Subscribe to the free KidsGrowth weekly email newsletter by entering your email address below.
Advertising links will direct you off of the KidsGrowth Web site. KidsGrowth is neither responsible for nor does it necessarily endorse the privacy practices, content or products of these sites.
|Quick reference medical handouts used
by Pediatric offices
Hypoglycemia (Low Blood Sugar) in Children
Hypoglycemia refers to low blood sugar, or more specifically, a lower than
normal blood glucose (sugar) level. It is rarely encountered in pediatric
practice outside of the newborn period, where it is a relatively common place
event. Hypoglycemia is a concern since the brain depends on blood sugar as its
main source of fuel.Too little glucose can impair the brain's ability to
function. Severe or prolonged hypoglycemia may result in seizures and serious
A random blood sugar test is generally worthless
in diagnosing hypoglycemia. Even a fasting morning blood sugar is usually not
helpful. Only a timed series of tests after a standardized sugar meal (glucose
tolerance test) will allow the diagnosis of hypoglycemia to be made with
The Symptoms of Hypoglycemia (Low Blood
Sugar) in Children
The symptoms caused by low blood sugar come from
two sources and may resemble other medical conditions.
- The first symptoms are caused by the release
of epinephrine from the nervous system. these include sweating, pale skin
trembling, rapid heart rate, a feeling of anxiety, nervousness, weakness,
hunger, nausea and vomiting.
- Lowering of lowering the
brain's glucose causes: headache, changes in vision, lethargy, ,restlessness, inability to concentrate
or pay attention, mental confusion,
sleepiness, stupor,and personality changes.
The Causes of Hypoglycemia (Low Blood
Sugar) in Children
- Insulin reaction in a child with
Diabetes Probably the most common form of low blood after the newborn
period is a complication of diabetes known as an "insulin reaction." The
causes of this condition are: the child receives too much insulin, the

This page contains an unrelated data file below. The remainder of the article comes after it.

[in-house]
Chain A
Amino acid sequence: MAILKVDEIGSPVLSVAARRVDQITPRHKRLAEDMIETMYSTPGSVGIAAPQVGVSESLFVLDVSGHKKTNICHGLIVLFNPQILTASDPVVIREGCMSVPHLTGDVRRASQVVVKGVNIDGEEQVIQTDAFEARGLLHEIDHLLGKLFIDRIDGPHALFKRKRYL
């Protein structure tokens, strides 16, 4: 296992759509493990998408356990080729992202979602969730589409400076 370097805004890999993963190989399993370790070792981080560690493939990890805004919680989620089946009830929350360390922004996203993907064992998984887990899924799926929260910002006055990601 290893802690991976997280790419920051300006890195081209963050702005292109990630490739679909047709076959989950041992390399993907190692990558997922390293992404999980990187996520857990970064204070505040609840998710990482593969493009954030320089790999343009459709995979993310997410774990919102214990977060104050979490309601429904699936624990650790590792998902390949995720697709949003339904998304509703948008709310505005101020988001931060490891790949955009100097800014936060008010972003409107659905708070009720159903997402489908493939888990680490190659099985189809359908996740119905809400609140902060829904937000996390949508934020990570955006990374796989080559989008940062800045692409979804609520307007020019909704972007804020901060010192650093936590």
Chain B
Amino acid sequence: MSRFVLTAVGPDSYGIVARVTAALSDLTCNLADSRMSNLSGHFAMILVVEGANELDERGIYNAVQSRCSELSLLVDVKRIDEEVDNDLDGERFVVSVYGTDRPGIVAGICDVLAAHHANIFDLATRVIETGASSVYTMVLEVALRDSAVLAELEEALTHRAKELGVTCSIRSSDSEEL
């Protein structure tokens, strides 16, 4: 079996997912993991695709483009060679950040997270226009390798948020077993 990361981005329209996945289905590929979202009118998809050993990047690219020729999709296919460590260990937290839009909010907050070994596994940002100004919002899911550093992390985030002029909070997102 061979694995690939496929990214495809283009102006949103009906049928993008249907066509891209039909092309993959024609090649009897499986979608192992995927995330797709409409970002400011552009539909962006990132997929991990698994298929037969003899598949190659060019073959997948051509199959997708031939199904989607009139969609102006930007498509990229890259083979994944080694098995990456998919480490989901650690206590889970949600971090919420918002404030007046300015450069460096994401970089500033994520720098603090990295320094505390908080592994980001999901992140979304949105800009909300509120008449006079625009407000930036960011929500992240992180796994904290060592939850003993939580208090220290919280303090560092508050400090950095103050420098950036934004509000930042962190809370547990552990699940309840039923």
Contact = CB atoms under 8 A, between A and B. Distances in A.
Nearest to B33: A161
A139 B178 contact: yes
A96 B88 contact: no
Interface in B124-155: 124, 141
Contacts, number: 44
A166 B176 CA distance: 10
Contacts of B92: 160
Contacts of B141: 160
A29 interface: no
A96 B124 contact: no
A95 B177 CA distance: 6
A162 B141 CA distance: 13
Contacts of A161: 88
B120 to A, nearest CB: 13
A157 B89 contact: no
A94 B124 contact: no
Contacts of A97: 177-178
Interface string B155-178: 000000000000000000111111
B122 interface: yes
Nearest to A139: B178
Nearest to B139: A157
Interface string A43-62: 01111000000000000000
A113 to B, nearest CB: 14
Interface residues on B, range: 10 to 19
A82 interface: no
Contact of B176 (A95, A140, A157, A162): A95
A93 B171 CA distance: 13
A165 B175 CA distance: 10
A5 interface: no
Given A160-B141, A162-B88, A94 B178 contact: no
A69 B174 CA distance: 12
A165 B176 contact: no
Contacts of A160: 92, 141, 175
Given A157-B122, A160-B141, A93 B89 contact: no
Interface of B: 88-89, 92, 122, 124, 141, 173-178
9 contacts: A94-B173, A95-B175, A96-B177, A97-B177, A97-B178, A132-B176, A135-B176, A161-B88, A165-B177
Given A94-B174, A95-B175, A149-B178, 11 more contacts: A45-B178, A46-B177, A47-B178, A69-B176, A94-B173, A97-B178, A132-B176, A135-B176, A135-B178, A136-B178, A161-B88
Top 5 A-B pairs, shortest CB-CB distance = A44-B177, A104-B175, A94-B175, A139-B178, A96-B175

child misses a meal or is too sick from another illness to eat, the youngster
eats too little food as compared to the amount of insulin taken, and more
exercise than normal
- Hyperinsulinism. Most cases of hyperinsulinism
(over production of insulin) occur as a result of abnormal cell development of
the special "beta" cells in the pancreas that secrete insulin or from a mass
in the pancreas. Some children are also born with genetic errors in their
metabolism that can lead to hypoglycemia.
- Reactive Hypoglycemia refers to
an quick fall in the blood glucose after a meal, especially a meal rich in
carbohydrates. Excessive insulin is produced by the pancreas when it is
"tricked" by all the sugar in circulation into producing enough insulin for a
much larger meal than was actually consumed. This excess insulin drives the
blood sugar below the normal level.
- Hypoglycemia in the Newborn. Neonatal
hypoglycemia is a common problem encountered by both term and preterm infants.
It can be either symptomatic or asymptomatic. Prolonged hypoglycemia may
result in permanent neurologic impairment, seizures, and even death. Signs and
Symptoms of hypoglycemia in the newborn are nonspecific and include:
jitteriness, irritability, lethargy, seizures, apnea (periodic cessation in
breathing) difficulty breathing and grunting while breathing. A number of
factors cause ;ow blood sugar in the newborn:
- During the pregnancy, the mother's blood
sugar is persistently high (gestational diabetes) , the fetus' pancreas
assists in controlling the excess blood sugar by producing extra insulin. When
the infant is born, it no longer gets the mother's glucose, but still produces
large amounts of insulin, which drives the infant's blood sugar down to
- Small for gestational age or
growth-restricted babies may little sugar stored in their liver and once the
infant is born, no longer gets mother's glucose
- Similarly, Premature babies, especially those with low birth weights, who
often have limited sugar stored in the liver or an immature liver function.
Treatment for hypoglycemia (Low Blood Sugar)
For children with diabetes, the goal of treatment is to maintain a blood
sugar level that is appropriate for each child. This involves testing blood
sugar often, learning to recognize oncoming symptoms, and treating the condition
quickly, based on instructions given by your child's physician. To treat low
blood sugar immediately the child should eat or drink something that has sugar
in it, such as orange juice, milk, or a hard candy.
For children who do not have diabetes, treatment for hypoglycemia may
- avoiding foods high in carbohydrates
- eating smaller meals more frequently
- frequent snacks
- eating a variety of healthy foods
- regular exercise
Children who have hyperinsulinism may require treatment with medications to
decrease the production of insulin the body. In more serious cases, the child
may have to undergo surgery to remove the pancreas.
As a reminder, this information should not be relied on as
medical advice and is not intended to replace the advice of your childs pediatrician.
Please read our full disclaimer.